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Can F1 survive without Ferrari?

Could the Global Financial Crisis ultimately result in the most fundamental shift in motorsport – for Ferrari to be no longer interested in Formula One? There has not been, and probably never will be again, two entities within one sport so intertwined. Formula One without Ferrari is almost unthinkable. But it could happen.

It is not because Ferrari are in any financial difficulty and need to tighten their belt. It is actually the contrary. The whole Ferrari model is about being in a position to be able to hire the best, have the best facilities and the budget to do what they need to do to win. The current changes to regulations do not align with that model, and more importantly they do not align with the fundamental principle and philosophy of why Ferrari is Ferrari.

Why be associated with a sport that essentially becomes a handicap event? And yes, the limit to a budget in Ferrari terms is a handicap. Ferrari infrastructure, brand, business model and corporate knowledge and philosophy would all have to fundamentally shift to work within the budget cap. The required change management to shift an entity with the history, success and sheer size of Ferrari Formula One makes this a handicap of mammoth proportions.

Current indicators are that Ferrari is considering dropping out of Formula One and concentrating their efforts in other areas. This may be gamesmanship. If it was to happen the biggest loser would undoubtedly be Formula One. Sure, F1 could regain Lola — which is a positive — but there are also question marks over Mercedes and Renault. Without Ferrari, the championship becomes a lot less stable and many, many followers will follow Ferrari to another championship.

Luca Di Montezemolo has been invited to start this year’s LeMans, and Stefano Domencialli will be attending with him. This is undoubtedly a power play on Ferrari’s part to tell Formula One management that if the series no longer suits their objectives they are prepared to move on. And it is a move that could actually suit Ferrari. After all they make their money from road cars (plus merchandise and marketing) and the LeMans Series look a lot closer to road cars. The history is also there … Ferrari’s record with GT classes is as strong as open-wheelers. The threat is not an empty one.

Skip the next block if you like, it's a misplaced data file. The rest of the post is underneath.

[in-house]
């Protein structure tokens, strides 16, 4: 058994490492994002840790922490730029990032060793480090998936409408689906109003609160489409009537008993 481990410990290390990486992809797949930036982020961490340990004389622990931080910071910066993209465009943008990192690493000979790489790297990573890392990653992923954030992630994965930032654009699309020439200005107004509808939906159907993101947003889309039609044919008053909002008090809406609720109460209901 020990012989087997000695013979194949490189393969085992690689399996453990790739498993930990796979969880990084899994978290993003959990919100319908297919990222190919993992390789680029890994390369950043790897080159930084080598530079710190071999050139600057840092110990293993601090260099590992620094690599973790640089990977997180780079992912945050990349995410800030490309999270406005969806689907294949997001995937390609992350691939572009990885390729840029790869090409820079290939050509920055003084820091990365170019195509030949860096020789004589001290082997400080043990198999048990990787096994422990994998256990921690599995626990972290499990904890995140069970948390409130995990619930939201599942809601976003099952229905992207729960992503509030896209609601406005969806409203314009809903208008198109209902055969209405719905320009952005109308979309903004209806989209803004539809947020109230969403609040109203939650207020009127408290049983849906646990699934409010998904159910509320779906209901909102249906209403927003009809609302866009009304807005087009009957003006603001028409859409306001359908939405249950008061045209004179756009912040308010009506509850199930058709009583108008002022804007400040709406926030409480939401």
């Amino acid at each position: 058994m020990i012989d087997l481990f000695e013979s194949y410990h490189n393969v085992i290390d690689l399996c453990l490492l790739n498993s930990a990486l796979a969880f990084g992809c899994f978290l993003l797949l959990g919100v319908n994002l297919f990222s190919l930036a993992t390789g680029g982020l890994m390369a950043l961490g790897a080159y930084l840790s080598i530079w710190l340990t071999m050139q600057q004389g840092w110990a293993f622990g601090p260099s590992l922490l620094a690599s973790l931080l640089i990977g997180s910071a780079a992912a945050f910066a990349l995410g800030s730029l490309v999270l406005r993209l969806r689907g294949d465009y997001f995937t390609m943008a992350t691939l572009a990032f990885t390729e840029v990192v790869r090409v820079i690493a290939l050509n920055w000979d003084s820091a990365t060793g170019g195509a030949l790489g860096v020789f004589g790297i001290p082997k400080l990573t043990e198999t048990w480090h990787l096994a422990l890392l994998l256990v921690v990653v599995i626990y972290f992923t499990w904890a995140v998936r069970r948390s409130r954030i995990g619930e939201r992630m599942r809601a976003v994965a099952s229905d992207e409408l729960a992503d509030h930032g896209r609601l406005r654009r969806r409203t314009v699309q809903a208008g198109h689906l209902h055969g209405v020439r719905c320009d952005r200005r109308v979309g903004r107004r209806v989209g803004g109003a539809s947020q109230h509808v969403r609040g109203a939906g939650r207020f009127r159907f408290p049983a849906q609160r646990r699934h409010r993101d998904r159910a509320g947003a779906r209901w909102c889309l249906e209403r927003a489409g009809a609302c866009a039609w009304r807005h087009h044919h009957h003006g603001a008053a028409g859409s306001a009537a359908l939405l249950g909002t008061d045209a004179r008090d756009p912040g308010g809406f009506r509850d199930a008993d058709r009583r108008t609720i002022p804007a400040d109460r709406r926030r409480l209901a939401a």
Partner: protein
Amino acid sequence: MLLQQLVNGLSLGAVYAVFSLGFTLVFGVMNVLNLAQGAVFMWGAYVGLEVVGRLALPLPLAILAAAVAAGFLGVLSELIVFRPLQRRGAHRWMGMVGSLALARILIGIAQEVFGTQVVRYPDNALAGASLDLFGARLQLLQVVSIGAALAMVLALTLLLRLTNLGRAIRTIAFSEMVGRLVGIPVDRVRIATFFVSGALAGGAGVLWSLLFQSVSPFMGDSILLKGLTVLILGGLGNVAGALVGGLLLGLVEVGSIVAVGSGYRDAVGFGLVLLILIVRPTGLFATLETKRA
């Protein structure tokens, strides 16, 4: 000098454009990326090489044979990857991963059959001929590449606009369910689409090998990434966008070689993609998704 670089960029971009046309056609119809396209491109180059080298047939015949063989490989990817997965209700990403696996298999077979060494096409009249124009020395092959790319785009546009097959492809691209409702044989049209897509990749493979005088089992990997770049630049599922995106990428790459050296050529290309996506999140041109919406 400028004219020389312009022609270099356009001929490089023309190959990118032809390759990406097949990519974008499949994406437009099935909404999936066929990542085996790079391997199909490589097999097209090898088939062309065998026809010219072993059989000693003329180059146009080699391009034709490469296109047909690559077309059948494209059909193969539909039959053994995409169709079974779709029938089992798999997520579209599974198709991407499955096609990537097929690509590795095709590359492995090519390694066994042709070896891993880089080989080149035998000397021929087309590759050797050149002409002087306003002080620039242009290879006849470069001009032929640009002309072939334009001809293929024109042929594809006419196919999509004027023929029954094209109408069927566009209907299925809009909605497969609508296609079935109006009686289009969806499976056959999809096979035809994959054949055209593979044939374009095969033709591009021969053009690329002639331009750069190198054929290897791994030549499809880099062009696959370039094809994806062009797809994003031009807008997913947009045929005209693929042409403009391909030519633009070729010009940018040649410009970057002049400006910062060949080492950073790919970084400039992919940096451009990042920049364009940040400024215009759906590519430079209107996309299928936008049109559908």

Max Mosley says that the Ferrari board will back the initiatives put in place by Formula One management to cap costs, he feels the saving of a $100 million dollars is too inviting for them not to support the initiative. This makes as much sense as his occasional dress sense. Ferrari’s corporate value is in the multi-billion dollar area. Its national worth is priceless. Leaving aside those two points however: the current business model works, they simply don't need to tighten their belts that much, there is no benefit to them. Ferrari also run a university to feed talent into the factory, even laying off the amount of workers that Brawn had to after their first win would not sit well with the Ferrari board or the Italian Government.

Montezemolo questions the current regulations and budget caps on two fronts;

* What he calls the grey regulations — where a rule such as the current diffuser issue can be interpreted, and where that interpretation even when it is outside the intended design intention can result in teams expending millions playing catch-up when it becomes legal.

* The unenforceable nature of the budget cap. It is here that Ferrari is probably in the best position to exploit and interpret rules. Could the FXX and 599XX style programs be used as test beds for Formula One parts and therefore reverse the idiom of race developments finding their way to road cars? Or are the FXX and 599XX programs development mules for future GT racers?


The questions we pose are:

* Will Ferrari move their efforts to FIA GT and LeMans Series - feel free to tell us your opinion below…

* Or take our Poll (above)